• Smooth endoplasmic reticulum does not have any ribosomes attached to it, and so it has a smooth appearance. SER has many different functions, some of which include lipid synthesis, calcium ion storage, and drug detoxification. The smooth endoplasmic reticulum is found in both animal and plant cells and it serves different functions in each. The SER is made up of tubules and vesicles that branch out to form a network. In some cells, there are dilated areas like the sacs of RER. Smooth endoplasmic reticulum and RER form an interconnected network.
    One drawings and two micrographs of smooth and rough Endoplasmic Reticulum
    Figure \(\PageIndex{4}\): The ER is a winding network of thin membranous sacs found in close association with the cell nucleus. The smooth and rough endoplasmic reticula are very different in appearance and function (source: mouse tissue). (b) Rough ER is studded with numerous ribosomes, which are sites of protein synthesis (source: mouse tissue). EM × 110,000. (c) Smooth ER synthesizes phospholipids, steroid hormones, regulates the concentration of cellular Ca2+, metabolizes some carbohydrates, and breaks down certain toxins.

    Golgi Apparatus

    The Golgi apparatus (Figure \(\PageIndex{5}\)) is a large organelle that processes proteins and prepares them for use both inside and outside the cell. It was identified in 1898 by the Italian physician Camillo Golgi. The Golgi apparatus modifies, sorts, and packages different substances for secretion out of the cell, or for use within the cell. The Golgi apparatus is found close to the nucleus of the cell where it modifies proteins that have been delivered in transport vesicles from the Rough Endoplasmic Reticulum. It is also involved in the transport of lipids around the cell. Pieces of the Golgi membrane pinch off to form vesicles that transport molecules around the cell. The Golgi apparatus can be thought of as similar to a post office; it packages and labels "items" and then sends them to different parts of the cell. The Golgi apparatus tends to be larger and more numerous in cells that synthesize and secrete large quantities of materials; for example, the plasma B cells and the antibody-secreting cells of the immune system have prominent Golgi complexes.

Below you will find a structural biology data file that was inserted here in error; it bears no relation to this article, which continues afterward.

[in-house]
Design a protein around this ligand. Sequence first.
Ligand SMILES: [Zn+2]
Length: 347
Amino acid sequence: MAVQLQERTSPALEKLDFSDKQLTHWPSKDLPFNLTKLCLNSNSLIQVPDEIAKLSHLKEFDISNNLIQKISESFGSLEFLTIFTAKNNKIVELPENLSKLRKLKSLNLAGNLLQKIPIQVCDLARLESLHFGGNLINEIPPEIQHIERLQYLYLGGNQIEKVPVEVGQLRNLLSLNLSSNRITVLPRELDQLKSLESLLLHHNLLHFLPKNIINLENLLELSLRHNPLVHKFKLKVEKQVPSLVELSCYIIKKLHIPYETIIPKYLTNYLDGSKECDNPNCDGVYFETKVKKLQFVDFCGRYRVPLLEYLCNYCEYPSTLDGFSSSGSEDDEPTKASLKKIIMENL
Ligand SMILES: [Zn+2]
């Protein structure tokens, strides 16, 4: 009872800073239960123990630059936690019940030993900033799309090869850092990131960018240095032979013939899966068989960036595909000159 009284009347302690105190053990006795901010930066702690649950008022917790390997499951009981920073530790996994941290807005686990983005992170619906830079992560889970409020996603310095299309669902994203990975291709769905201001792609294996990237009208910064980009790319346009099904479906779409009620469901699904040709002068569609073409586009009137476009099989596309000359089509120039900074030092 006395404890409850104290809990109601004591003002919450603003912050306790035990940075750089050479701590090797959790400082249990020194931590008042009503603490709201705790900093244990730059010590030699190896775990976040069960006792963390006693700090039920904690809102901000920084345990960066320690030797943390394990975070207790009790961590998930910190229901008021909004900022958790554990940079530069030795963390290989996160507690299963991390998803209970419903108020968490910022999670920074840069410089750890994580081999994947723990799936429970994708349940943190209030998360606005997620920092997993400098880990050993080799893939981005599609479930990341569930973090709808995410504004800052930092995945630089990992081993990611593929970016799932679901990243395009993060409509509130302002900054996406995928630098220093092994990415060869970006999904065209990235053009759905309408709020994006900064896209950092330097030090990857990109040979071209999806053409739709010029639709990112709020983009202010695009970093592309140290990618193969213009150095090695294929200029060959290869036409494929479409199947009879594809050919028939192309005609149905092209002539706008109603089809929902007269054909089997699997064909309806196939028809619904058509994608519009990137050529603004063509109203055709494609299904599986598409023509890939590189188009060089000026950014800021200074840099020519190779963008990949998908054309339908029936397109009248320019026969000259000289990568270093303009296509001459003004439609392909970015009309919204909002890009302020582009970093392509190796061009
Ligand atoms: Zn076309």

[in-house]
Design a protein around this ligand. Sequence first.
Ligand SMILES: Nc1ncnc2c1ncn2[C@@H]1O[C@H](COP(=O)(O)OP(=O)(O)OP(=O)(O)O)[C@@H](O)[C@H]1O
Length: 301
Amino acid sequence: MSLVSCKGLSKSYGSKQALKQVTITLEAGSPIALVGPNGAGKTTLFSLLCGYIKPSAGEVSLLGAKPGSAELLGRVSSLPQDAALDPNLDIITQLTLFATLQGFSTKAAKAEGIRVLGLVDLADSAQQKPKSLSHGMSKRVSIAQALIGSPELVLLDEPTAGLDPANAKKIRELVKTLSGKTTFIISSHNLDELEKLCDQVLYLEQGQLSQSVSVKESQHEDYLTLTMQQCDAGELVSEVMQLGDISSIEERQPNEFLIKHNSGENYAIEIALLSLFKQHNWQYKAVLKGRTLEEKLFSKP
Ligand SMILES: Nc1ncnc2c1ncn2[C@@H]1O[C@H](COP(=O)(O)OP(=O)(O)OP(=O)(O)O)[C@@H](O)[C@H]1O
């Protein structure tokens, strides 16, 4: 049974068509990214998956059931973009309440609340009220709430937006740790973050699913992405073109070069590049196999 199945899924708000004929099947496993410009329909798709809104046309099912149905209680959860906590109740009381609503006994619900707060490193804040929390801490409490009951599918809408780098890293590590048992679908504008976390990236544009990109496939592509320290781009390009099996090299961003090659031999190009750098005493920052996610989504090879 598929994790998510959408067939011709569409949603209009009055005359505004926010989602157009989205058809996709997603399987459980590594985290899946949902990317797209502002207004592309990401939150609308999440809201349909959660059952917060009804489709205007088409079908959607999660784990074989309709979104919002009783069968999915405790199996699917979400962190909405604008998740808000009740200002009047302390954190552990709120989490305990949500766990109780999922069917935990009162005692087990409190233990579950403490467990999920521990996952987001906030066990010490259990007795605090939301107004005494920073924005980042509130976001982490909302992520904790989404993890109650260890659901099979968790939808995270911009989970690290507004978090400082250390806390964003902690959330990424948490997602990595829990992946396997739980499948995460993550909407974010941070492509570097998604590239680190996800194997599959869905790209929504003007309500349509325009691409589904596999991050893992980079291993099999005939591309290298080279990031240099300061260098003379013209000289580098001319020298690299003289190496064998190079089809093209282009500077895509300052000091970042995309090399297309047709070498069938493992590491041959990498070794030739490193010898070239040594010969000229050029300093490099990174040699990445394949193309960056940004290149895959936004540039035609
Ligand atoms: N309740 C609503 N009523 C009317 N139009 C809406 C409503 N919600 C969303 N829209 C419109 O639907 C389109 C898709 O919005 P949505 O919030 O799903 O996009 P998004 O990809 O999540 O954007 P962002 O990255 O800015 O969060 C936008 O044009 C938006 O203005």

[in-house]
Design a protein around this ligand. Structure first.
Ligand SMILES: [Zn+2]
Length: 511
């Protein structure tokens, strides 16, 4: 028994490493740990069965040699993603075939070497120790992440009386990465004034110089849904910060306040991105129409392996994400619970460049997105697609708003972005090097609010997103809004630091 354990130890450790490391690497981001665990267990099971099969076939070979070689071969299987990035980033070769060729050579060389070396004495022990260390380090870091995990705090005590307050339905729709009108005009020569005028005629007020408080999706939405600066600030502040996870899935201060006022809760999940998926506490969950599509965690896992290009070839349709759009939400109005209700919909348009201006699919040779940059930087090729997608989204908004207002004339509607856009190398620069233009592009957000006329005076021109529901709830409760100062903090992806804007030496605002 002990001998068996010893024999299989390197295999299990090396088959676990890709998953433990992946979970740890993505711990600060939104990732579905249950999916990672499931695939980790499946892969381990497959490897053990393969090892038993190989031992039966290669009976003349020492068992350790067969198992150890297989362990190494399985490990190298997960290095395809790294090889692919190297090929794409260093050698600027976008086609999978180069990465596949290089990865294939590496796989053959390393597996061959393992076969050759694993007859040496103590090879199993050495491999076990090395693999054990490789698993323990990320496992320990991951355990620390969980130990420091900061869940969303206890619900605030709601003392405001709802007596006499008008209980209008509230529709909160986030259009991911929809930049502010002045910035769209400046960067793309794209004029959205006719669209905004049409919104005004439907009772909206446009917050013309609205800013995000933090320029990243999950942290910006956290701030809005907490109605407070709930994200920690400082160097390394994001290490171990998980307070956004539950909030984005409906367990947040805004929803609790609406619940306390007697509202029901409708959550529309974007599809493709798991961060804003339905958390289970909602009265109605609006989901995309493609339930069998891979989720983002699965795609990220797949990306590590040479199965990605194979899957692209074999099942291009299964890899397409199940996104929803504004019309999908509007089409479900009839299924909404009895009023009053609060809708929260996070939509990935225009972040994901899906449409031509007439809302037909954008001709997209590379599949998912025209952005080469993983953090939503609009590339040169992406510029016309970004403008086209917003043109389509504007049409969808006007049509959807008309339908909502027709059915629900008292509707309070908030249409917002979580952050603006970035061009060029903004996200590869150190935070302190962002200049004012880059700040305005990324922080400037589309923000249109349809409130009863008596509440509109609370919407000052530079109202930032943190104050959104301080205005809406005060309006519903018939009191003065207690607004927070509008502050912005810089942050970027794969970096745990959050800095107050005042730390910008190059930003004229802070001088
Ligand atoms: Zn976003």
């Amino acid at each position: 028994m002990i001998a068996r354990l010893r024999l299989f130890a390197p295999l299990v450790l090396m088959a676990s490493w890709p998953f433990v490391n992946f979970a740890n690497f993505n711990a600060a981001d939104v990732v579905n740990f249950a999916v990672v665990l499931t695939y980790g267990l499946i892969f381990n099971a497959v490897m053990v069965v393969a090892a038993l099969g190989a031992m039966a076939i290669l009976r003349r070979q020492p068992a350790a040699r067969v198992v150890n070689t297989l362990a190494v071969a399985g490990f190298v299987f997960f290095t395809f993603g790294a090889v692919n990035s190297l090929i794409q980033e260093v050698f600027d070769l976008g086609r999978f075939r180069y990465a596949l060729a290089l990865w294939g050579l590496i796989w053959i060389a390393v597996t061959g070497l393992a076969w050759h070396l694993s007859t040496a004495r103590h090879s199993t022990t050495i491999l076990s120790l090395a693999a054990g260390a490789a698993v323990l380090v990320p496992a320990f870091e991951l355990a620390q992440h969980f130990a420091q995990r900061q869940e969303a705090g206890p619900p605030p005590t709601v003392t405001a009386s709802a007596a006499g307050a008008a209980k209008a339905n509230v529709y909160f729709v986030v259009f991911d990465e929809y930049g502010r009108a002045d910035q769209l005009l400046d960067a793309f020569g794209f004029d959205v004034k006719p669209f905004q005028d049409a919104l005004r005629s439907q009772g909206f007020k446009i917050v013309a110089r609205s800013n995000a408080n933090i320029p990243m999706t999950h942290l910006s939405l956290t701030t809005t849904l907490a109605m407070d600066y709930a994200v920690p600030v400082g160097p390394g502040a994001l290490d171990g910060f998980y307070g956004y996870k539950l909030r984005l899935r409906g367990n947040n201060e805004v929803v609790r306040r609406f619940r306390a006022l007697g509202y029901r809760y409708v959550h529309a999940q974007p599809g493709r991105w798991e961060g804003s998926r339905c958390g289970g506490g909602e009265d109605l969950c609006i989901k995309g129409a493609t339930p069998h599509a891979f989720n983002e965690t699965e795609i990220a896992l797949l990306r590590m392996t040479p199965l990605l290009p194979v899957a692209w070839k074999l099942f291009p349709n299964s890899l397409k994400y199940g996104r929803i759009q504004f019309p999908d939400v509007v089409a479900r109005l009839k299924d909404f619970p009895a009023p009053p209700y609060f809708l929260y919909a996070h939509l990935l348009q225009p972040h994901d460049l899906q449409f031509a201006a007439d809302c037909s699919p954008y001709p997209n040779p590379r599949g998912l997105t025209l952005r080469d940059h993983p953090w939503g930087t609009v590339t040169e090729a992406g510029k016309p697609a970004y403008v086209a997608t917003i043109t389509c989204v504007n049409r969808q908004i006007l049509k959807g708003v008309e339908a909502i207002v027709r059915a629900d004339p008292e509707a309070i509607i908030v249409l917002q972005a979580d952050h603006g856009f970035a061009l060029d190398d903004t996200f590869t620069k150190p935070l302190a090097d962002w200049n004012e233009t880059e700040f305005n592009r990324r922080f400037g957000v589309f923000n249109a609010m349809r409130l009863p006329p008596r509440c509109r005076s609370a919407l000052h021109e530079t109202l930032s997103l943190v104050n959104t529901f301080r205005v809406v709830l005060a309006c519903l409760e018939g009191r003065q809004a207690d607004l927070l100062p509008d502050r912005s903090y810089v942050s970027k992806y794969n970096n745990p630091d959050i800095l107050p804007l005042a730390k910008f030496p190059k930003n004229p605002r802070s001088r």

The Golgi apparatus manipulates products from the Rough Endoplasmic Reticulum (ER) and also produces new organelles called lysosomes. Proteins and other products of the ER are sent to the Golgi apparatus, which organizes, modifies, packages, and tags them. Some of these products are transported to other areas of the cell and some are exported from the cell through exocytosis. Enzymatic proteins are packaged as new lysosomes.

    Golgi Apparatus involved in endomembrane system export import.